Analysis of Market-Based Demand Management Strategies for Airports and en Route Airspace
Research programs on air traffic management and airports to date have concentrated primarily on the technologies and operating procedures that would enhance system capacity, while maintaining the requisite exceptionally high level of safety. Similarly, policymakers in Europe and elsewhere have emphasized investments into technologies and infrastructure for the purpose of increasing capacity and reducing air traffic congestion. However, the gap between unconstrained demand and available capacity is likely to continue to grow in the foreseeable future, possibly leading to unacceptable levels of service and occasional gridlock, similar to what is being routinely experienced in automobile traffic today. Both policymakers and researchers have mostly shied away from investigating in-depth and adopting market-based “demand management” strategies, i.e., economic measures and incentives aimed at (a) limiting in some way the demand for access to busy airfields or to congested airspace and/or (b) modifying the spatial and temporal distribution of this demand to bring it closer to available capacity.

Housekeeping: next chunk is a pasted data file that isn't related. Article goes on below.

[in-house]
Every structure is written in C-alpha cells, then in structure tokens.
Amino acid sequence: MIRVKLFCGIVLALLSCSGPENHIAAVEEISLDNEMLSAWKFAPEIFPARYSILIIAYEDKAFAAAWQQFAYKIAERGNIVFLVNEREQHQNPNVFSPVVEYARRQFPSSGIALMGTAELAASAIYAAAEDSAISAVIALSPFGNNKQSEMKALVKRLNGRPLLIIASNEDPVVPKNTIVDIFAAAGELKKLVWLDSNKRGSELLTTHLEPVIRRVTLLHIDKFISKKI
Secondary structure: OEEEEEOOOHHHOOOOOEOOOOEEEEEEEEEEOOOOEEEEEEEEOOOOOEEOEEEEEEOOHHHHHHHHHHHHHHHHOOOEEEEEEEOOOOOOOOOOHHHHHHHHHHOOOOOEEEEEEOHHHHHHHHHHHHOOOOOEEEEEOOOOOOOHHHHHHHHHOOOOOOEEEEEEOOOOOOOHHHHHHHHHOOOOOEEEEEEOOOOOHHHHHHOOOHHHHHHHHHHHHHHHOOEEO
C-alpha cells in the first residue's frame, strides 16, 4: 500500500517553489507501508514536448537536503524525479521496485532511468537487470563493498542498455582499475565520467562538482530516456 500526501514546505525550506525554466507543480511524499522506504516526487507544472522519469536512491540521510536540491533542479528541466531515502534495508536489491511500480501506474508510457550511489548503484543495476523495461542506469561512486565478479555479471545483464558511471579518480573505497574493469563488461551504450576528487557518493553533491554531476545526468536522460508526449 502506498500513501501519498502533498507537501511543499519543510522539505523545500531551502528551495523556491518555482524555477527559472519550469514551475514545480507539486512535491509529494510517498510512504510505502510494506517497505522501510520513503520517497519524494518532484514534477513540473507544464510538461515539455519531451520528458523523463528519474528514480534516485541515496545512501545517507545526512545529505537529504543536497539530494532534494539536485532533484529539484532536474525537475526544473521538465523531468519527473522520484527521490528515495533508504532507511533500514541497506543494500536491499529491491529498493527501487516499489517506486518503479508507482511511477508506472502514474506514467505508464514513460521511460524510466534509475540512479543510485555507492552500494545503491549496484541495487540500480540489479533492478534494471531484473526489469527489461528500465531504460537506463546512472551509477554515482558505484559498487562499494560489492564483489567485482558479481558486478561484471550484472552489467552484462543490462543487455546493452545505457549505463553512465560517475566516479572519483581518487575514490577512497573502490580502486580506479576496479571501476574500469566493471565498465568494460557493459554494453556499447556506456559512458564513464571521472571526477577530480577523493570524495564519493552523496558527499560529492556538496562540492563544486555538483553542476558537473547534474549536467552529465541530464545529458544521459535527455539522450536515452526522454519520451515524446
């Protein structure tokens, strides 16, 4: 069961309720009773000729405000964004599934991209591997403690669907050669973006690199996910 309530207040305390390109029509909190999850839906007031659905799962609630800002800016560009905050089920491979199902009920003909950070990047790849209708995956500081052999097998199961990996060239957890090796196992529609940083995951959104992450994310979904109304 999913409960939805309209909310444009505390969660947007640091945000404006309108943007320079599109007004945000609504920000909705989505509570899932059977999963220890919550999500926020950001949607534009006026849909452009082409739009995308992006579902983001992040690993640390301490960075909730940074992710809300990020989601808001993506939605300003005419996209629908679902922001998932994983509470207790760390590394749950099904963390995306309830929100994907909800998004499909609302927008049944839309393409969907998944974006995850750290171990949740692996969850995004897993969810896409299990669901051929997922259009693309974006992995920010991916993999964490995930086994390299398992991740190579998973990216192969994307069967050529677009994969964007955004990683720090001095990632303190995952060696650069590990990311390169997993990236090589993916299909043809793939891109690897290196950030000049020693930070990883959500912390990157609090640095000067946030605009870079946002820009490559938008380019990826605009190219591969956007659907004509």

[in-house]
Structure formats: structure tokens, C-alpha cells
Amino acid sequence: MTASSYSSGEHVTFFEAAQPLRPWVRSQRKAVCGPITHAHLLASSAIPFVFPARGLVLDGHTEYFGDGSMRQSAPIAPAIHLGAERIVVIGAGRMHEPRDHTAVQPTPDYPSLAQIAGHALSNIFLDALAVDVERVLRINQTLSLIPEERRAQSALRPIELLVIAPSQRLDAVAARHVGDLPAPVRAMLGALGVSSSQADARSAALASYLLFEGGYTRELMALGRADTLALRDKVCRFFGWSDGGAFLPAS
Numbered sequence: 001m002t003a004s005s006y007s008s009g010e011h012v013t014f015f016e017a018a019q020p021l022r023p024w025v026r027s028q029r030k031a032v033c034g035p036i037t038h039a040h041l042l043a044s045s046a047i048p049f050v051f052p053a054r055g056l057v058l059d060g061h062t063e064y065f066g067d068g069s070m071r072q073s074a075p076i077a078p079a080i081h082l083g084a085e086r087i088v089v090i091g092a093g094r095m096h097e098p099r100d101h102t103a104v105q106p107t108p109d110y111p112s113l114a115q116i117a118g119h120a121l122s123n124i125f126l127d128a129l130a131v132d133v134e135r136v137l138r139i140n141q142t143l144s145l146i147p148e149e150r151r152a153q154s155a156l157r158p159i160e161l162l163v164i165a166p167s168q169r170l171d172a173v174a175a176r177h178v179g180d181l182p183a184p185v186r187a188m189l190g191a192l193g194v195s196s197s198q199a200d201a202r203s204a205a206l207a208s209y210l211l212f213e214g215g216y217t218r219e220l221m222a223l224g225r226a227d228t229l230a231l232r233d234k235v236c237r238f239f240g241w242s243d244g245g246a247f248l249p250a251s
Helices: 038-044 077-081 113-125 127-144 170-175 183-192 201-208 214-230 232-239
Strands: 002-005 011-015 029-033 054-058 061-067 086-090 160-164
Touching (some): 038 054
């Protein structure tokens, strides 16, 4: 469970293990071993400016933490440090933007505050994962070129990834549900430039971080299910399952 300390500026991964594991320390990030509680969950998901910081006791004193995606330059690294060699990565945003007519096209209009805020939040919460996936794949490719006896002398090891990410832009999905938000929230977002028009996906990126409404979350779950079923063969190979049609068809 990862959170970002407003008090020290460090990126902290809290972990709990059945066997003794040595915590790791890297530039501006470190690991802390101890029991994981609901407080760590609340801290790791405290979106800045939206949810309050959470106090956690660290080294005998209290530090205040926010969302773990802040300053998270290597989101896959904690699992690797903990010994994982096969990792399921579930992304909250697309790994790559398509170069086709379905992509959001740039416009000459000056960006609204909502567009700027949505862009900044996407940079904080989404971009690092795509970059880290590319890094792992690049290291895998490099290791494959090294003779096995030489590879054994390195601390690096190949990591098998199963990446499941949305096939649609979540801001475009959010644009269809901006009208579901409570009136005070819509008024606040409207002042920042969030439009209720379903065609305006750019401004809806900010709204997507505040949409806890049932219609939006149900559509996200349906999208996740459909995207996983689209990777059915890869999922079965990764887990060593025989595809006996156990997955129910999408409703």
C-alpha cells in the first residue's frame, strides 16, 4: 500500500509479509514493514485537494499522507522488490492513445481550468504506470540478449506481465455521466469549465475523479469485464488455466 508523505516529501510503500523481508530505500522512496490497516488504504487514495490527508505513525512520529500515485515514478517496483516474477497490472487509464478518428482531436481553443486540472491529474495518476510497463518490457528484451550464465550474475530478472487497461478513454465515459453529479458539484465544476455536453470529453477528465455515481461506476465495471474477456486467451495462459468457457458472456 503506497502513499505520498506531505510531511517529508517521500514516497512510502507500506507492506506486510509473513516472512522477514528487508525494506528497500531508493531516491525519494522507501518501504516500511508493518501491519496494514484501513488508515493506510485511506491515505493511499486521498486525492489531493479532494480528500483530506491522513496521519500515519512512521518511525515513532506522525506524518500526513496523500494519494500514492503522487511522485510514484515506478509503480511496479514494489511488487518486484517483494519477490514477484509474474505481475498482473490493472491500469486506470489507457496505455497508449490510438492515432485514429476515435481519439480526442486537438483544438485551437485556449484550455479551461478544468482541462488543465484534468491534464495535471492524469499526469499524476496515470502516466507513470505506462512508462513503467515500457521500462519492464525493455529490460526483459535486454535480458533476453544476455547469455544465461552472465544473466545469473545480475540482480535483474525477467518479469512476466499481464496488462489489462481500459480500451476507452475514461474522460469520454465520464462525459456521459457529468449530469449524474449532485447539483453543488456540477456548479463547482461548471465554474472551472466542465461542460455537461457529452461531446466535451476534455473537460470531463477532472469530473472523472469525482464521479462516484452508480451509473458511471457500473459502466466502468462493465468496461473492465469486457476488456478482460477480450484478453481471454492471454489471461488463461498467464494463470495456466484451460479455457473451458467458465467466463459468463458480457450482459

This chapter describes briefly some of the methodology that can be used to analyze quantitatively related technical issues. It also provides, through the analysis of two examples, a demonstration of parts of the overall approach to be followed and offers a “proof of concept”, i.e., an indication of the types of benefits that can be obtained through demand management measures based on the application of economic incentives. The first section concentrates on the airport environment and the second on en route operations.
Keywordsairport en route airspace congestion pricing demand management
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